Winter Weather Tips

Preparing for Winter Weather

  • With winter approaching, be sure to look through your emergency kit and add supplies specific to winter, such as:
    • Rock salt or more environmentally safe products to melt ice on walkways. (Remember that these products can be harmful to dogs, so be sure to choose a non-toxic brand if you or your neighbors have pets.)
    • Sand/gravel to improve traction.
    • Snow shovels or other snow removal equipment.
    • Heating fuel. If you have a fireplace or wood-burning stove, keep a supply of good, dry wood for heating in case you lose power.
    • Adequate clothing and blankets to keep warm, including coats, sweaters, hats, gloves, mittens, scarves, etc.
    • Keep your NOAA Weather Radio in your kit to receive broadcast alerts and warnings directly from the NWS for all hazards. You may also sign up in advance to receive notifications from your local emergency services.
  • Make a Family Communications Plan. Your family may not be together when disaster strikes, so it is important to know how you will contact one another, how you will get back together, and what you will do in case of an emergency.
  • Before the storm hits, download free smartphone apps, such as those available from FEMA and the American Red Cross, which provide information about finding shelters, providing first aid, and seeking assistance for recovery.
  • Be prepared to bring your pets/animals inside in the event of a winter storm. Move animals and livestock to a sheltered area with non-frozen drinking water.

Plan Your Travel during Winter Weather Carefully

  • During a winter storm, minimize your travel by car. Even if winter weather conditions aren’t obviously present, conditions like black ice can cause vehicles to lose control.
  • If you plan on traveling by vehicle during the winter, make sure to winterize your vehicle. Check (or have a mechanic check) the following items in your car:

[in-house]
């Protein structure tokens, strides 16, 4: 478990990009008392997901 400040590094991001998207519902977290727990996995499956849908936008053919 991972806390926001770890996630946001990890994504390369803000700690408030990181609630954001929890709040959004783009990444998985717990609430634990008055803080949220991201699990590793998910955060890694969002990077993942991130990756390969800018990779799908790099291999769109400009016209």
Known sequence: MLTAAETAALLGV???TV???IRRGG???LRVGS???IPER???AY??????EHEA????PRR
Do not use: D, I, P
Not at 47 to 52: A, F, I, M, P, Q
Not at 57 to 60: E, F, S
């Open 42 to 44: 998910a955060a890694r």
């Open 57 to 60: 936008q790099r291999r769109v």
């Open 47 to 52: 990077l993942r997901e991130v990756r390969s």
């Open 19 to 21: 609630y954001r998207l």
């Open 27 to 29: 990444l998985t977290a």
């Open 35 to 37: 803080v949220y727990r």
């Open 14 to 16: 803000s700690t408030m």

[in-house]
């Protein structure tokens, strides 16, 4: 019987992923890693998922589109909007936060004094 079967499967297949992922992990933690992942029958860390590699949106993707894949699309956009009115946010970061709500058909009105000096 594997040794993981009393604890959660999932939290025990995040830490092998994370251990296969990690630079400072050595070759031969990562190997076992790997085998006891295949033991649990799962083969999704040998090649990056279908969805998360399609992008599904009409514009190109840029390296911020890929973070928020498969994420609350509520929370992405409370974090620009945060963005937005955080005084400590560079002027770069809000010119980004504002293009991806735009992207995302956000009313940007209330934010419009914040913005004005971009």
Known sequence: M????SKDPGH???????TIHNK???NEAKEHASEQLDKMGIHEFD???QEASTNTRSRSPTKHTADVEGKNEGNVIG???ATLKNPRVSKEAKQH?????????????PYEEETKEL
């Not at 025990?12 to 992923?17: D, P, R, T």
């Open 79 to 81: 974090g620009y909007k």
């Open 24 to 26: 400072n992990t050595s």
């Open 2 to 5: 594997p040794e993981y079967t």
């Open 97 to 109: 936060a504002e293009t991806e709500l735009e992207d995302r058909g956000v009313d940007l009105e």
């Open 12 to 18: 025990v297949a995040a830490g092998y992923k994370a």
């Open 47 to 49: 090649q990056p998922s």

• Ensure that antifreeze levels are sufficient to avoid freezing.
    • Ensure your battery and ignition are in top condition and battery terminals are clean.
    • Check for wear and fluid levels of brakes.
    • Check for leaks and crimped pipes in your exhaust system, and repair/replace as necessary. Carbon monoxide is deadly and usually there is no warning of its presence.
    • Fuel and air filters – replace and keep water out of the system by using additives and maintaining a full tank of gas. A full tank will keep the fuel line from freezing.
    • Ensure your heater and defroster are working properly.
    • Check your lights and hazard lights to ensure they’re working properly
    • Check your oil level and weight. Heavier oils can congeal more at low temperatures and do not lubricate as well.
    • Repair any problems with your windshield wipers and maintain proper washer fluid levels.
    • Install good winter tires with adequate tread. Remember that some jurisdictions may require vehicles be equipped with chains or snow tires with studs
  • Keep a winter weather supply kit in your vehicle, including:
    • Shovel
    • Windshield scraper and small broom
    • Flashlight
    • Battery-powered radio
    • Extra batteries
    • Water
    • Food
    • Matches
    • Extra clothing and blankets to keep warm, such as coats, hats, socks, mittens, etc
    • First aid kit
    • Medications
    • Tow chain or rope
    • Jumper cables
    • Road salt and sand
    • Emergency flares
    • Fluorescent distress flag

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